Irenaeus was one of the first Christians to defend the faith against Gnosticism, but what exactly did he believe and what else did he contribute to Christianity? Here’s your crash course on the life and accomplishments of Irenaeus—and why he still matters today.
Who Was Irenaeus?
Irenaeus (c. 130–202) was a Greek thinker who was born in Asia Minor to a Christian family. His historic connections to early Christianity ran deep, as he was a student of the apostolic father Polycarp (69–155). Christian tradition asserts that Polycarp actually knew the apostle John—so Irenaeus wasn’t too far removed from the time of the apostles. Irenaeus was both a sophisticated theologian and a careful apologist. In fact, he was the first Christian apologist to defend Christianity from specific heresies (false teachings that deny essential Christian doctrines). Irenaeus defended Christianity from the influential heresy known as Gnosticism. He also wrote about the early Christian church having four Gospels that were distinct from the counterfeit Gnostic Gospels. Irenaeus was also a leader in the church and ultimately became the bishop of Lyons. There is a late tradition that Irenaeus was martyred, but this claim is not well supported by historical evidence and is rejected by modern scholars.
What Did Irenaeus Write?
Irenaeus’ two most important books are Against Heresies and Demonstration of the Apostolic Preaching. The first book is a defense of Christianity and a critique of early Gnostic claims. The second is a catechism (a summary of Christian teaching) that includes both apologetic and pastoral themes since Irenaeus was also a spiritual shepherd in the early Christian church.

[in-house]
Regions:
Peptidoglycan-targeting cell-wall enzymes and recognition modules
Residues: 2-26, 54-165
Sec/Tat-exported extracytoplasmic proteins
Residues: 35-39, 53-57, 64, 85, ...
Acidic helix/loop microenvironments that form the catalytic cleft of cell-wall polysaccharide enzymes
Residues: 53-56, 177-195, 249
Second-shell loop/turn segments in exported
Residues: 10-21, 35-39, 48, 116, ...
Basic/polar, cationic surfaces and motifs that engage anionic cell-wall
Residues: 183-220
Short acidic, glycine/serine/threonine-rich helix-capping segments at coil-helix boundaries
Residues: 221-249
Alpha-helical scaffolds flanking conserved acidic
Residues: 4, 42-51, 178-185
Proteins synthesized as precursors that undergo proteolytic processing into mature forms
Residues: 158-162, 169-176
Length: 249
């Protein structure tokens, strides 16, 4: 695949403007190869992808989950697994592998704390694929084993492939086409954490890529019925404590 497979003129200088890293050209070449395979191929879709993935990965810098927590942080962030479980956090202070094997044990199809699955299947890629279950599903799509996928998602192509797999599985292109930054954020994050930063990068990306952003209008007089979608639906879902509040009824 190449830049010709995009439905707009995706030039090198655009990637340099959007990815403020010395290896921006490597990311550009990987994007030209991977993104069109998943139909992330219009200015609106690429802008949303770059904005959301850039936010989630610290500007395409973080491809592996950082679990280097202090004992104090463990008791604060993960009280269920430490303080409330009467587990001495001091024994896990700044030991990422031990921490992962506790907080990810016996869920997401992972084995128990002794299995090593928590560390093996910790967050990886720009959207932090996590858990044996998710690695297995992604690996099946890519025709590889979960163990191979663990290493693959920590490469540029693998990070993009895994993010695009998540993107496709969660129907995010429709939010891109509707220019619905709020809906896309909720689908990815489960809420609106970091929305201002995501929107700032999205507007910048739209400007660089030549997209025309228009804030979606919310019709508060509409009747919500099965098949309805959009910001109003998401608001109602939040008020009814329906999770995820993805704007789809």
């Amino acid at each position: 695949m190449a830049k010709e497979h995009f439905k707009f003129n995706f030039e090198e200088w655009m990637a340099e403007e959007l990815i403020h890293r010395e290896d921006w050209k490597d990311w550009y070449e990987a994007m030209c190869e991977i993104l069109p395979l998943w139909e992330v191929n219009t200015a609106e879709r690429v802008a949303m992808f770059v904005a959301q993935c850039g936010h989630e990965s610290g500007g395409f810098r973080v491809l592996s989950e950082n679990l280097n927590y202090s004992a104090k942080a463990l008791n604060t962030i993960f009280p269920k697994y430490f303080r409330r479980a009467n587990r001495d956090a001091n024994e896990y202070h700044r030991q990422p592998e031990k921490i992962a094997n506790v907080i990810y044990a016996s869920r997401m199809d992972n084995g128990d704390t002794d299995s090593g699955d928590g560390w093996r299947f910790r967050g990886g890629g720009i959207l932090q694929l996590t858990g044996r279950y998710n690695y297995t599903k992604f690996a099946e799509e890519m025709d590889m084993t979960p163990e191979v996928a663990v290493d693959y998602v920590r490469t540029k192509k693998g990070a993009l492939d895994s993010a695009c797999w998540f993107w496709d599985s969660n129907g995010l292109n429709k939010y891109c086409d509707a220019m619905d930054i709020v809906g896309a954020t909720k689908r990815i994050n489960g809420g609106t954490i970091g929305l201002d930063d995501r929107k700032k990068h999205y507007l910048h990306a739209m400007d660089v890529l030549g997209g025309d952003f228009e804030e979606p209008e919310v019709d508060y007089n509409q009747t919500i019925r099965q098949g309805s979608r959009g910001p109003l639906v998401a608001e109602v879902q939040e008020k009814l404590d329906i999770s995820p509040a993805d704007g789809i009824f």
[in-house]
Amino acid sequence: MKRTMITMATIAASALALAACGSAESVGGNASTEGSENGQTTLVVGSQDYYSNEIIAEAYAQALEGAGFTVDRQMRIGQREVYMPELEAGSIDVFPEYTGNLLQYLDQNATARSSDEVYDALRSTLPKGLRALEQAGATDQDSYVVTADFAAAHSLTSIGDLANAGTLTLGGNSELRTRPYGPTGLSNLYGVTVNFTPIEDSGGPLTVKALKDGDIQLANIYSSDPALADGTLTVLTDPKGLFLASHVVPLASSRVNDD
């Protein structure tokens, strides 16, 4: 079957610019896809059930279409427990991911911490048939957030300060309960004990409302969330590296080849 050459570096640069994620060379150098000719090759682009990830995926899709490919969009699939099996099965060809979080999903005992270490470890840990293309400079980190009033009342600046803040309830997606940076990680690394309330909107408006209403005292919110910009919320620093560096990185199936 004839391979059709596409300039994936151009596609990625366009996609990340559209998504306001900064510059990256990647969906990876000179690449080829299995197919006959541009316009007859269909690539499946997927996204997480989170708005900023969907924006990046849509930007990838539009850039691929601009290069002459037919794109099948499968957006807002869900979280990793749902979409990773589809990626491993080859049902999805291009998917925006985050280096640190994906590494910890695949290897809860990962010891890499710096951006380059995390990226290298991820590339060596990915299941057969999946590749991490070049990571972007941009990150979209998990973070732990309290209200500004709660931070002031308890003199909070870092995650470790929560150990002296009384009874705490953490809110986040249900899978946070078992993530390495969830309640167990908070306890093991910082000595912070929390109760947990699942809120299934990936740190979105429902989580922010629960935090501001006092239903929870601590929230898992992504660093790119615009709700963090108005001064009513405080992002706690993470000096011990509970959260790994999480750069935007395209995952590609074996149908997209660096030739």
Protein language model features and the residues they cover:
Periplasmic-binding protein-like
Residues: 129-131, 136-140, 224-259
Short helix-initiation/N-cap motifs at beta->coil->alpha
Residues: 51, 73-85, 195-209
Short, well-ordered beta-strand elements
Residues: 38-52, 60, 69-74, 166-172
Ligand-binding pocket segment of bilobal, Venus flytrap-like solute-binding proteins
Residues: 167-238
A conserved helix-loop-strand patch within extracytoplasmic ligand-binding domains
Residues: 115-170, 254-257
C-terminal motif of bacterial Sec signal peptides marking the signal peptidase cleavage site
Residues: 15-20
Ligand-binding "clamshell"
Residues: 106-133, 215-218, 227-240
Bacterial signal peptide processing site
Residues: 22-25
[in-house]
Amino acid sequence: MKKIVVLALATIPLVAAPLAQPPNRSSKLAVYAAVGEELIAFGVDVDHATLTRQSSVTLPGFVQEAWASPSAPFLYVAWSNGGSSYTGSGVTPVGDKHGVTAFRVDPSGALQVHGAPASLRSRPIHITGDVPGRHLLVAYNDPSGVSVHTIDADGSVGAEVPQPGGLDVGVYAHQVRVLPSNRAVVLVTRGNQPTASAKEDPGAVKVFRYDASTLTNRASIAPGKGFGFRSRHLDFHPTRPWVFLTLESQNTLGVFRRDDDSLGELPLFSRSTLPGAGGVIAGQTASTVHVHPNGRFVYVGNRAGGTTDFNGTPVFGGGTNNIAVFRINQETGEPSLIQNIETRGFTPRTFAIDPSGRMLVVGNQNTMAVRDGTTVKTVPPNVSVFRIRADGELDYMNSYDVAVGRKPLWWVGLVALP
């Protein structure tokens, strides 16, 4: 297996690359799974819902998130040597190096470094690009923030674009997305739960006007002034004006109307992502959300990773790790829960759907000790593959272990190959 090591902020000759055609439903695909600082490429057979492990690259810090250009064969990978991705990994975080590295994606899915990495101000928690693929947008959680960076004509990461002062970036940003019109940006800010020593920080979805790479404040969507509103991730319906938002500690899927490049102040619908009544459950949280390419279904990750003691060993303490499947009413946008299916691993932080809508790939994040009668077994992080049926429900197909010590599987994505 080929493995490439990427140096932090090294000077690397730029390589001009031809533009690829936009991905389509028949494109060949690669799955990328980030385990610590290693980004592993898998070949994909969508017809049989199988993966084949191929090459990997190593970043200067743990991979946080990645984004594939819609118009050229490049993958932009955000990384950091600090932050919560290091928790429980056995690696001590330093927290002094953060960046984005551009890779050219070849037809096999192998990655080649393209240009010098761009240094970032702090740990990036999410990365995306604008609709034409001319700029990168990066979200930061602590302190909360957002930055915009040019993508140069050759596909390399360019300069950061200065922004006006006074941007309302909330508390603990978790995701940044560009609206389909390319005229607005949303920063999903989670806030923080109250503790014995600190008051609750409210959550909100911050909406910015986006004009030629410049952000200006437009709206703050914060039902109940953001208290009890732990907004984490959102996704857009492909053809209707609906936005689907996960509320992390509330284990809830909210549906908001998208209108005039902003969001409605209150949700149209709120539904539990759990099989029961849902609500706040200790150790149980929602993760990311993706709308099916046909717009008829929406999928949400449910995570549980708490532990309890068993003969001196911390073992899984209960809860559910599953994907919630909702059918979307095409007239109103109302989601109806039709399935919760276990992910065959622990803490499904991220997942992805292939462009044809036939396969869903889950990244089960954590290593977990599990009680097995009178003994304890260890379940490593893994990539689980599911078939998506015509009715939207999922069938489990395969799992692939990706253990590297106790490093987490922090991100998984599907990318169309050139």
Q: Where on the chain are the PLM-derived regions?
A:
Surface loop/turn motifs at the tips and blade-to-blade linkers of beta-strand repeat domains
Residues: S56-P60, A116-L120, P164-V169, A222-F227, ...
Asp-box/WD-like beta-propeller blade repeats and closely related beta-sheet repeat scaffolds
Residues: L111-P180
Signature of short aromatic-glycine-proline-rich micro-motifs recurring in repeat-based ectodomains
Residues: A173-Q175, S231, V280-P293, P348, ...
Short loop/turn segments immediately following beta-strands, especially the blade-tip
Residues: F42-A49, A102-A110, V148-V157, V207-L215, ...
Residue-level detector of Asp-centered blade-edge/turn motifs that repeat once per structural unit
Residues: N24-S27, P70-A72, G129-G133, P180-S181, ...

What Did Irenaeus Believe?
Christians of various traditions continue to uphold beliefs articulated by Irenaeus. Perhaps Irenaeus’ three most important Christian apologetics accomplishments are the following:
- Irenaeus critiqued Gnosticism, a heretical religious philosophy that affirmed esoteric knowledge, dualism (spirit is good, matter is evil), and a transcendent non-creator God above Jehovah.
- Irenaeus critiqued Marcionism, a heretical religious philosophy that affirmed Jesus as the savior and Paul as his chief apostle, but rejected the Hebrew Bible and the God of Israel.
- Irenaeus critiqued the false Gnostic Gospels and differentiated them from the four apostolic Gospels.
Why Does Irenaeus Matter Today?
Irenaeus is sometimes criticized for his atonement theory known as the recapitulationism (the view that Christ’s atonement reversed the course of humankind from disobedience to obedience), yet he is an important early Christian theologian and apologist. His critiques of the potent heresies of Gnosticism and Marcionism helped protect Christianity from doctrinal corruption. Irenaeus also helped connect apostolic Christianity with the later church fathers. He is significant in his role of affirming the distinctive apostolic orthodoxy. It is said that Irenaeus was known for seeking to carefully understand competing heresies and then attempting to provide Scriptural and historical arguments against them. It would appear that Irenaeus practiced the golden rule of apologetics: Treat other people’s beliefs the way you want yours treated (carefully, fairly, accurately). Irenaeus is important today because he helps connect the doctrinal truths of apostolic Christianity with the faith’s later development. Furthermore, Irenaeus provides important background information about who authored the various biblical books and what their purposes were in being written.
Other articles in the Christian Thinkers 101 series: St. Augustine; C. S. Lewis; Blaise Pascal; St. Anselm; St. Athanasius; St. Thomas Aquinas; Jonathan Edwards; Søren Kierkegaard; St. Bonaventure; Martin Luther; John Calvin
Reflections: Your Turn
Irenaeus defended Christianity from heretical teachings. What can Christian churches do today to help their people avoid false doctrine?
- For an examination of Irenaeus’ life and accomplishments, see Getting to Know the Church Fathers: An Evangelical Introduction by Bryan Litfin.